For years, if not decades, there has been and still continues but to a lesser degree today, gender inequality with respect to role identity, that is, the society dictated the lifestyle and professions of males and females. These changes are being seen in Eastern Societies as well as Western parts of the world. Traditionally in the East females were seen as the strength of the household, who were deeply devoted, succumbing to the unquestionable authority of her husband, and sacrificing everything for their children. She should be a modest wife, great cook, endless source of maternal wisdom and that was where it stopped. For example, in Thailand when a baby was born, if it was a male, a slate and a pencil would be placed beside the baby, but if a female, a needle and thread would be put there instead. This reflected the different expected roles of a man and a woman.
The former was expected to become a man of knowledge and the latter a good housewife. According to, Sarutta in her article "Women's Status in Thai Society," the first Thai monarch studying abroad was King Rama VI (1910-1925) who went to study in England in 1893 and returned home in 1903. The king had a chance to observe the advancement of women in the western world. So he launched a campaign to win rights for Thai women, though it was limited to high society circles. The king also propagated his idea about the proper qualities of Thai women in several literary works, that women should have good manners, be able to take charge of household chores, and be good at cooking.
At the same time, they should be well educated, sharp-witted, and responsible, and help their country. To improve women's status, the king set an example to other men by treating women politely like in western culture and taking his fiancee to social functions. In Western Societies, traditional females were confined to the roles of homemaker, child-bearer and depended solely on the men for sustenance, while the males were valued for their competitiveness and their ability to make money, 'being the bread winner'. Little boys were taught to perform only certain chores (for example, helping their fathers in the field, fix things etc. ) while the girls were brought up to mend garments, cook, keep the house clean etc. A man in those times was considered successful if he was able to provide for his family.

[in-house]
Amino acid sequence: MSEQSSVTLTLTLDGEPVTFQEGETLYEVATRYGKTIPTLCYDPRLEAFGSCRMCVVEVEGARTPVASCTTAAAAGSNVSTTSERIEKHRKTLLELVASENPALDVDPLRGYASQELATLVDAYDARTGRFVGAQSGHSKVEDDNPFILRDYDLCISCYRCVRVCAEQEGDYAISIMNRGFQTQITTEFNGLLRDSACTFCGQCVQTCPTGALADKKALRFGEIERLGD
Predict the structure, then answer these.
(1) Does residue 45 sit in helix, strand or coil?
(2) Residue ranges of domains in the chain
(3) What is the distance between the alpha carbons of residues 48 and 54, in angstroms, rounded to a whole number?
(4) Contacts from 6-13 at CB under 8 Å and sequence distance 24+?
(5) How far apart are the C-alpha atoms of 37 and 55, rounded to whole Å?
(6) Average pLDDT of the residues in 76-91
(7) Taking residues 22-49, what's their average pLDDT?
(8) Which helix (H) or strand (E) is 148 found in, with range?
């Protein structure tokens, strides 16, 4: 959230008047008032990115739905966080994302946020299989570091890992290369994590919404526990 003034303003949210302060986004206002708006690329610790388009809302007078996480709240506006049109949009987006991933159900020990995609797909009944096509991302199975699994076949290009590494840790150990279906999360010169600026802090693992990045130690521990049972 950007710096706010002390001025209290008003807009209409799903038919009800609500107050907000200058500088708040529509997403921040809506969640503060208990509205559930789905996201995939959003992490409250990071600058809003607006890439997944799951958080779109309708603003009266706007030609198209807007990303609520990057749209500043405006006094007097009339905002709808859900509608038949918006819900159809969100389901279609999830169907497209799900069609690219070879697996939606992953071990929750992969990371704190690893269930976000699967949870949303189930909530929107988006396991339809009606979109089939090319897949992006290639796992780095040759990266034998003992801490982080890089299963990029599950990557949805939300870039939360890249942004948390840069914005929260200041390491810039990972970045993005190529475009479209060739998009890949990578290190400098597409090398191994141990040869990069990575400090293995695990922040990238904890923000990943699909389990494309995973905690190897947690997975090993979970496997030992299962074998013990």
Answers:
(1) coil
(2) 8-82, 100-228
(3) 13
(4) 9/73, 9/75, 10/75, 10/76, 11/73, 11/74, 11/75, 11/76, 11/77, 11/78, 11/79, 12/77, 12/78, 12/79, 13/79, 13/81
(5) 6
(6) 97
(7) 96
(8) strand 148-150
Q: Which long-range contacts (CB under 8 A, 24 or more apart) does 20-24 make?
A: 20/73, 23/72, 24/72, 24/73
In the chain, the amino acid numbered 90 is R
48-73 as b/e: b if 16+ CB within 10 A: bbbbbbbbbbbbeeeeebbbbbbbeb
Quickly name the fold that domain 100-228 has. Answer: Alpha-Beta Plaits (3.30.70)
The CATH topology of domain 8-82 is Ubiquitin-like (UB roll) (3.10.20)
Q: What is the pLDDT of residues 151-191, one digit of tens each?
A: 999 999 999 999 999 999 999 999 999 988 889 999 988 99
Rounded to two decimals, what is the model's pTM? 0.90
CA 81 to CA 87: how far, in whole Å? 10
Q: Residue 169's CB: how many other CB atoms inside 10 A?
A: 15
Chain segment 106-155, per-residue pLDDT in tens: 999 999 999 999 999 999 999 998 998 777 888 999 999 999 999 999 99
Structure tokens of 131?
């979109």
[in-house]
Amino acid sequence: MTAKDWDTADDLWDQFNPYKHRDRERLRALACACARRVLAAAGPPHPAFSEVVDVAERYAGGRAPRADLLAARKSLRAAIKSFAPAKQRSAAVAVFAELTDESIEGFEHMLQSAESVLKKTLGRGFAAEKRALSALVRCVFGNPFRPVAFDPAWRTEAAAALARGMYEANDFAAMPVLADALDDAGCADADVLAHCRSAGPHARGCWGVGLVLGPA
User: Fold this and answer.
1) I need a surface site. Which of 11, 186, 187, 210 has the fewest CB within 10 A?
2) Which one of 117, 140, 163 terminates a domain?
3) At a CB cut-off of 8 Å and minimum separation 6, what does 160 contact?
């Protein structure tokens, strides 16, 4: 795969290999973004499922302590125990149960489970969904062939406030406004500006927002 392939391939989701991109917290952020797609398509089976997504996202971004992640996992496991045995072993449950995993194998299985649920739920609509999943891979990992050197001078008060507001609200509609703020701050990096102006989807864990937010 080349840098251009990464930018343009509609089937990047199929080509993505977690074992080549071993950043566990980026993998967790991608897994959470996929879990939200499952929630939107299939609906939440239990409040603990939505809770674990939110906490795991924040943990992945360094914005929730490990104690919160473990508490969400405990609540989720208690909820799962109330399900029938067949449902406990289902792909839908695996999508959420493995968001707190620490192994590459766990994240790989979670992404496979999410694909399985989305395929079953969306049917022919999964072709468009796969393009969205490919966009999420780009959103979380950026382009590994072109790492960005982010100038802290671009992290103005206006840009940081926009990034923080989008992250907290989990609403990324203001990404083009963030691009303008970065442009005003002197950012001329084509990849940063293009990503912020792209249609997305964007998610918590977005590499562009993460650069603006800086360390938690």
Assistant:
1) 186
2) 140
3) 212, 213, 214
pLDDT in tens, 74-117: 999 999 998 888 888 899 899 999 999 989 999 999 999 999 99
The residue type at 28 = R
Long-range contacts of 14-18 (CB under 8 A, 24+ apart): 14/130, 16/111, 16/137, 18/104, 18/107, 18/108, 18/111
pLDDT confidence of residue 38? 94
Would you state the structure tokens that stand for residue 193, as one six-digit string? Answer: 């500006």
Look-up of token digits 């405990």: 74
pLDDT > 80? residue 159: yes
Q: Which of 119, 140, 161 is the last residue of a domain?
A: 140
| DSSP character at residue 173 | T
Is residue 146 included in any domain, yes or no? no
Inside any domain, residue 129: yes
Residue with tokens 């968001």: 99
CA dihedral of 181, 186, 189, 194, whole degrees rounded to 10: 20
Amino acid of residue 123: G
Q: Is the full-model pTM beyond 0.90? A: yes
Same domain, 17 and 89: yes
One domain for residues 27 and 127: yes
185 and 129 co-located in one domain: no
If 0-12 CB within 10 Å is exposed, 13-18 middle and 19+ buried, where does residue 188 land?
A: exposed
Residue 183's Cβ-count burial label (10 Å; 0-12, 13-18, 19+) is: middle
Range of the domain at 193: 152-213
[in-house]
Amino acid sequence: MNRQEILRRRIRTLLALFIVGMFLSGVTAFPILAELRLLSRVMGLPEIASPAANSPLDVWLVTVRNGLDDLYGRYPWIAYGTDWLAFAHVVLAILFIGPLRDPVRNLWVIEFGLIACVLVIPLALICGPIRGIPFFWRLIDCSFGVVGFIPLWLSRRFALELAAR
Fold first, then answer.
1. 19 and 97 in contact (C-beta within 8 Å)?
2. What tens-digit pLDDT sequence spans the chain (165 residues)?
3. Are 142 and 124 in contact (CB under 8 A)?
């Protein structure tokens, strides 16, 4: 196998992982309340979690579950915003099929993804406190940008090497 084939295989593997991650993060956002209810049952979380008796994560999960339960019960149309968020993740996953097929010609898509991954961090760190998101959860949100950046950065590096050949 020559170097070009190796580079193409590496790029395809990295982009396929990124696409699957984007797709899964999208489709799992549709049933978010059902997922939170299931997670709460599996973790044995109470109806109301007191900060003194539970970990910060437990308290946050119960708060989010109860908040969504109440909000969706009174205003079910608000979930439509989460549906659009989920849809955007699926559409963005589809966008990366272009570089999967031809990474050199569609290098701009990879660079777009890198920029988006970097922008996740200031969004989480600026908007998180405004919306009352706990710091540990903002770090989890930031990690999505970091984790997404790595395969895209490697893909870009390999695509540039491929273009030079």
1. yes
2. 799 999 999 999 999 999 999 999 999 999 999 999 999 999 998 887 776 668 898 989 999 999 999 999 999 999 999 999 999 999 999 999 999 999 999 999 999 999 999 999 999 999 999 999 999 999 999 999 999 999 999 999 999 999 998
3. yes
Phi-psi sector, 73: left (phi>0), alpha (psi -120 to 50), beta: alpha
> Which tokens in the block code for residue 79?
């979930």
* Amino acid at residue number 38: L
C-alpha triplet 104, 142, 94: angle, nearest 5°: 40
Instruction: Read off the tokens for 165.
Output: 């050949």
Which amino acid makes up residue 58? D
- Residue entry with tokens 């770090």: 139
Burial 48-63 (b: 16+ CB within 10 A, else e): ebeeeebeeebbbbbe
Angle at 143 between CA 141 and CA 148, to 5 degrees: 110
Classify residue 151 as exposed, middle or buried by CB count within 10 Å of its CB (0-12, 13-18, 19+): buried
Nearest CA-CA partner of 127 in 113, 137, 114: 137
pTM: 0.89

The business society supported the hardworking, self-sacrificing, competitive, corporate man, with the wife at home who allowed him complete freedom to work. In the religious society, females were restricted to the roles of Sunday School Teacher, Choir Director, and served on committees but were not allowed to actually lead a congregation. Females are, according to 1 Timothy 2: 12, not to have authority over men. In more recent times, males and females are more likely to share the role of home-maker, parent and care-giver equally. They share two incomes, and increasingly women are more educated (about 75% of the graduates from Universities are women) and earn higher incomes. Females are now competing head to head with men in what was once considered the male dominated "Corporate World." Males and Females are now venturing into professions that were once male-oriented or female-oriented.
For example, more women can be seen on construction sites working on par with men, and more men venturing into the field of Nursing. Women are now pasturing churches and taking up roles as Bishops. Nowadays, women find themselves in a favourable position in their society. However, despite shifts in roles, women still maintain their sweet manners, love to please their families, and try to live up to their expected role as a good mother. These new roles are changing the way males and females relate as well as the way men and women work.